Breaking Down Stress

Breaking Down Stress

When most people think of meditation, they picture just one thing: sitting quietly and clearing your mind.

But did you know there are lots of different styles of meditation? Some help you relax or go to sleep. Others help you focus, cultivate compassion, or develop more awareness.

All meditation styles have great benefits for your body-mind-spirit. But when it comes to boosting your performance and overall well-being, mindfulness meditation is a key tool to have
in your toolbelt.

Why start a mindfulness practice?

Mindfulness helps you build more awareness of your present-moment experience. It helps you tune into your internal state, which maximizes your health and performance. Once you’re more connected to what’s going on in your mind and body, you can then learn to shift your state of mind using self-regulation practices, like reframing your thoughts or using positive self-talk–naturally.

Another benefit of mindfulness is self-regulation. When you’re practiced at observing your thoughts, feelings, and experiences without judging them, you expand your capacity to flow through life on an even keel. Plus, there are a lot of other health benefits like stress reduction, better sleep, and even boosting your immune system.

But it can feel a little intimidating at first. Here’s how to get started.

How to start a mindfulness practice

  1. Find a quiet place to sit where you won’t be disturbed.
  2. Close your eyes and take a few deep, slow breaths.
  3. Breathing naturally, focus on the sensations of breathing. Maybe the air feels cool inside your nose as you inhale, and warm as you exhale.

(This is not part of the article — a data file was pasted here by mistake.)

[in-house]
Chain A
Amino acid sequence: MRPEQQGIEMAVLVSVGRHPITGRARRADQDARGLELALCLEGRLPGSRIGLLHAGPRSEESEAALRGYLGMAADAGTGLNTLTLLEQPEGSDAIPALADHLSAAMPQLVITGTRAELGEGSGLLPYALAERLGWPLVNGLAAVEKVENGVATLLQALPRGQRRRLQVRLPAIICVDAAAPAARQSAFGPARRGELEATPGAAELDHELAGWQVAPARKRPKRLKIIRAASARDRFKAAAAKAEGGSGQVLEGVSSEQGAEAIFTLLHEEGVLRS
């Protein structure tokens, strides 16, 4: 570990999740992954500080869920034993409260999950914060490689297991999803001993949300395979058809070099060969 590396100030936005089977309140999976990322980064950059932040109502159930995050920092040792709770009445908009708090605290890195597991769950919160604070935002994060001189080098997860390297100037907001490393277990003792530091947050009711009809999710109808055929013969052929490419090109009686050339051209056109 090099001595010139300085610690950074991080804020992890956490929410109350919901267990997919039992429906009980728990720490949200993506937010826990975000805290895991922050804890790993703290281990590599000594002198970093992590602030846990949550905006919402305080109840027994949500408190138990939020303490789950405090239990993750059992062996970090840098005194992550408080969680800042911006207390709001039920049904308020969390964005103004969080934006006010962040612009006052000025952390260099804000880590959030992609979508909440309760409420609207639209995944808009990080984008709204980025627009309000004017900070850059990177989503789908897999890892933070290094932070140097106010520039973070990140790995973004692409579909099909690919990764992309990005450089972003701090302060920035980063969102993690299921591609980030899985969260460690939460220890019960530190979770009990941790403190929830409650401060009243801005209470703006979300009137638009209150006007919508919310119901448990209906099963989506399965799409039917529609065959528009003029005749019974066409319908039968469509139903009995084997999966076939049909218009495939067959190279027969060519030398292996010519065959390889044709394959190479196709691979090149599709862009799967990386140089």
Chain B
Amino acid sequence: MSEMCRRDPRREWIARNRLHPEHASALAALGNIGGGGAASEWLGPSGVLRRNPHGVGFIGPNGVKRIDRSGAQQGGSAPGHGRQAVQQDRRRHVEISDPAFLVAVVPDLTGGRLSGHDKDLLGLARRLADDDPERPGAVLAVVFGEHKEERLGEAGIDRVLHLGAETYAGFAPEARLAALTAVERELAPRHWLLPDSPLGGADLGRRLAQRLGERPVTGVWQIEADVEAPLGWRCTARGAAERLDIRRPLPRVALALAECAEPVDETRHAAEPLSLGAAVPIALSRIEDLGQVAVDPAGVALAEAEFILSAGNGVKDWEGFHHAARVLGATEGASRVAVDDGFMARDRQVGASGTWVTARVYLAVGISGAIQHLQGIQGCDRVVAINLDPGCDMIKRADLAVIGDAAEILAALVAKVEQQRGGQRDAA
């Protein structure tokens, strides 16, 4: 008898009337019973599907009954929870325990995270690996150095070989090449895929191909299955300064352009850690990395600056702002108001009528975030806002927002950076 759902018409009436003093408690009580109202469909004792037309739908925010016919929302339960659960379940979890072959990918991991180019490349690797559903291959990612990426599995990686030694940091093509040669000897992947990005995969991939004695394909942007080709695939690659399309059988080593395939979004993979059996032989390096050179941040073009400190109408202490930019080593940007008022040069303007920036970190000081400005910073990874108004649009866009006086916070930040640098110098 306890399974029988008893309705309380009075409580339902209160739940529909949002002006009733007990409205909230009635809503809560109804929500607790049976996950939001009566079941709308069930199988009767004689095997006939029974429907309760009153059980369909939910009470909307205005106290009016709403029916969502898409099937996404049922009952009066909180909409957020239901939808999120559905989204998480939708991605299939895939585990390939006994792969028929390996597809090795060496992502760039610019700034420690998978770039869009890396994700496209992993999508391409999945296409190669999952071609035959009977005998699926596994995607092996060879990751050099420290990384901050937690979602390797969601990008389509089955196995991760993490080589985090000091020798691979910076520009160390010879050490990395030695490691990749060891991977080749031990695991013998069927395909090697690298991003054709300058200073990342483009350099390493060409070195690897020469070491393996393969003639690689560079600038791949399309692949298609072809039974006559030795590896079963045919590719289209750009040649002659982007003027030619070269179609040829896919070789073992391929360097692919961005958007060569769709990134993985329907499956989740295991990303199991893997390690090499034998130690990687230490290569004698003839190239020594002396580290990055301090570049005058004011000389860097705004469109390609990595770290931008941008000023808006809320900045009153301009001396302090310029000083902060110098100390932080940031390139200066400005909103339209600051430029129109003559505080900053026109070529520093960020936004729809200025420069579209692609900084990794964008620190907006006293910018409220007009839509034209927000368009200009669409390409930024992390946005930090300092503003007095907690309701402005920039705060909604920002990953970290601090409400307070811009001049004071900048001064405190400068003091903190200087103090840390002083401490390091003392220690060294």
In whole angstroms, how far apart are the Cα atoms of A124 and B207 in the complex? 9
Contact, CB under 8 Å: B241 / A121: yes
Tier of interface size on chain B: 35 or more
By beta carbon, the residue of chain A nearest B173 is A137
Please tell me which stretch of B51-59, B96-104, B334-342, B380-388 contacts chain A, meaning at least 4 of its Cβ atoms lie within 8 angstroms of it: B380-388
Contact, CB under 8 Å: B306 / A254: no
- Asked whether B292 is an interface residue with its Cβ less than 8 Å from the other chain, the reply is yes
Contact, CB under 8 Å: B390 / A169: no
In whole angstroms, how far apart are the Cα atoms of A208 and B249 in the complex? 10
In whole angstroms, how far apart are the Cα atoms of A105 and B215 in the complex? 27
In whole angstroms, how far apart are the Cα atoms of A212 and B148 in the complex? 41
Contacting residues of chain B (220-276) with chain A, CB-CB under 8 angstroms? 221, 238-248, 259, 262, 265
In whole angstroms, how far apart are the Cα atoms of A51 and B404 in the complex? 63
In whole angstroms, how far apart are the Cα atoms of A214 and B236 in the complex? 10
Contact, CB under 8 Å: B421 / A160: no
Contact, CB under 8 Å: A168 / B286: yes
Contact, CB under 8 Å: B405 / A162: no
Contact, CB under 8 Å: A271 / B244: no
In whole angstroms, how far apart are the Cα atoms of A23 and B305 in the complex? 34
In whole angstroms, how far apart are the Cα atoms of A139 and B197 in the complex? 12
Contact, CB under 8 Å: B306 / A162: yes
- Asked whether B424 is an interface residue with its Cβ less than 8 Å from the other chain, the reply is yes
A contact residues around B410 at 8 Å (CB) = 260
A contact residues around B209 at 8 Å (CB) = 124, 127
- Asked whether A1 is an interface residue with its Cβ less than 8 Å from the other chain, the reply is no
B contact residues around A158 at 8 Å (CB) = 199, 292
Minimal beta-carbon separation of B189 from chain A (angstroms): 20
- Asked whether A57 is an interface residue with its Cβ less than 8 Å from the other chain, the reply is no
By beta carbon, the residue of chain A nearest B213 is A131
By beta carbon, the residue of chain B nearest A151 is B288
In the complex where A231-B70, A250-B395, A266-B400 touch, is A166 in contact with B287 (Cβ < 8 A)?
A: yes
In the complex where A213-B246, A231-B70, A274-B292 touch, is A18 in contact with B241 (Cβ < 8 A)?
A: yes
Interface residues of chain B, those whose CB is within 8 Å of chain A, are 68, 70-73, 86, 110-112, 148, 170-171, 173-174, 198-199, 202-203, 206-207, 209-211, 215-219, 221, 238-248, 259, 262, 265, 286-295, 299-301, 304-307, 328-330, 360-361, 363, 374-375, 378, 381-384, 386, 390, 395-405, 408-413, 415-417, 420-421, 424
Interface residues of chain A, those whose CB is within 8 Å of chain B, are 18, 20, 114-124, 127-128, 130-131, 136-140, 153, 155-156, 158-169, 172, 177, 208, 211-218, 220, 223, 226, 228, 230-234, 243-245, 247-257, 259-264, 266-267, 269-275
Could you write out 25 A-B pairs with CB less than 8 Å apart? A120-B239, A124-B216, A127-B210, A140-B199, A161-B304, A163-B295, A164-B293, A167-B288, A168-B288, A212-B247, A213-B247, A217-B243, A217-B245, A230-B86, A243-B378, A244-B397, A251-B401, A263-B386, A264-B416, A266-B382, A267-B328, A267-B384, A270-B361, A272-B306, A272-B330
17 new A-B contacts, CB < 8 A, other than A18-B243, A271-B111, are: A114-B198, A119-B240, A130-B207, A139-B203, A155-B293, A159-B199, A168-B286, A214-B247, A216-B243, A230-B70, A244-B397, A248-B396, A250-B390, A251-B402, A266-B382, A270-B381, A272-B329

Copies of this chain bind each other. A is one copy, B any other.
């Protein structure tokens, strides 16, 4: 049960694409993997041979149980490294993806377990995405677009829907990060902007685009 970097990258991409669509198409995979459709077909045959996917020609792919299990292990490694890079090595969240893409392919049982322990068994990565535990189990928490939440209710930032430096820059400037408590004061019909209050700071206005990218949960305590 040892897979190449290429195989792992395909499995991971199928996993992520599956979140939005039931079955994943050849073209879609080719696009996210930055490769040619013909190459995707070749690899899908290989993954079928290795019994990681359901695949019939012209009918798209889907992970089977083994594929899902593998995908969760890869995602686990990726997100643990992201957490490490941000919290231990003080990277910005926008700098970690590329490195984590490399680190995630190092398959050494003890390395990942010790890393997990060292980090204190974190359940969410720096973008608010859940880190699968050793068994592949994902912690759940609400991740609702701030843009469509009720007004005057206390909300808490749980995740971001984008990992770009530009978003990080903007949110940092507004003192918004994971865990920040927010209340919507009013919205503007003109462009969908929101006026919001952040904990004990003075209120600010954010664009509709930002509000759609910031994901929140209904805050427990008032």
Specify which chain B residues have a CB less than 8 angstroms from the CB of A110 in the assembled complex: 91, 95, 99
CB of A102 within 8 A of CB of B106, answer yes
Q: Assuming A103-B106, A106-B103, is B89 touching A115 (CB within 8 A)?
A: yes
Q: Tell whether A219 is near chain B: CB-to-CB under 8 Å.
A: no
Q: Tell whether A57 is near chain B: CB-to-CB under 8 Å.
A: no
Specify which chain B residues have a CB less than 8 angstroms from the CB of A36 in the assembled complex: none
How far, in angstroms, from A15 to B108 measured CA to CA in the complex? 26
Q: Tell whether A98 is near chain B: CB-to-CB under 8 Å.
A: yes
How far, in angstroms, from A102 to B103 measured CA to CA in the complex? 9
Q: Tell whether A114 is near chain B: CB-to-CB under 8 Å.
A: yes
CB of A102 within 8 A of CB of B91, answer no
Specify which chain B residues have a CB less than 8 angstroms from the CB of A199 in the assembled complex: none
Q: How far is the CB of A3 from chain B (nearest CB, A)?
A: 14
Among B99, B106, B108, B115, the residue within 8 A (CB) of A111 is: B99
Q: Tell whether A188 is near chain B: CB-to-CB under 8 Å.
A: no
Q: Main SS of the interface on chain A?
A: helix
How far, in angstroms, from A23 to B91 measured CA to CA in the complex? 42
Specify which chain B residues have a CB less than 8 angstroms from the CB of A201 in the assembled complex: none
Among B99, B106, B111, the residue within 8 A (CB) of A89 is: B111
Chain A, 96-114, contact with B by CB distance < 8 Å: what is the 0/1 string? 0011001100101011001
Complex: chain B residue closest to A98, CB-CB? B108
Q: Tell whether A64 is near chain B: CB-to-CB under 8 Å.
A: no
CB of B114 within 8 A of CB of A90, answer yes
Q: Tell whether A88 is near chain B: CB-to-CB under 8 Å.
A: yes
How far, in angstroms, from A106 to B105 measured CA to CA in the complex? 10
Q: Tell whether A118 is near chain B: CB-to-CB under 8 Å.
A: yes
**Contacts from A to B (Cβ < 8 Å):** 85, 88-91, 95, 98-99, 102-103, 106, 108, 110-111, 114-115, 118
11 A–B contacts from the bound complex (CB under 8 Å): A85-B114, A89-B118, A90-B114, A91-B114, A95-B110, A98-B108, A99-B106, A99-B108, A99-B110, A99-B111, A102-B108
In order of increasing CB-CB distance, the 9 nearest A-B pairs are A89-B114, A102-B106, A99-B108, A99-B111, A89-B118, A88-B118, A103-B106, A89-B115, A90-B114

4. When thoughts pop up, just acknowledge them, let them go, and refocus on your breath.
  5. It’s okay if you get distracted. You don’t have to clear your mind completely to practice mindfulness. In fact, noticing when you get caught up in thoughts and refocusing on your breath is practicing mindfulness. And it works like building muscle.
  6. When thoughts enter your mind, you can say, “Thinking, thinking,” and bring your attention back to breathing. You can also tell yourself, “Breathing in, breathing out” as you inhale and exhale, if that helps you stay anchored in the present moment.

Start with just a few minutes a day. And over time, you might gradually increase the length of your practice.

Another approach is to use guided meditations. Guided meditations can be especially useful when you’re new to mindfulness. There are lots of apps with free guided meditations, so you can experiment and find one that works for you.

Remember: there’s no “right” way to practice mindfulness. It’s all about tuning into the present moment to build your inner awareness. Take a deep breath and give it a try.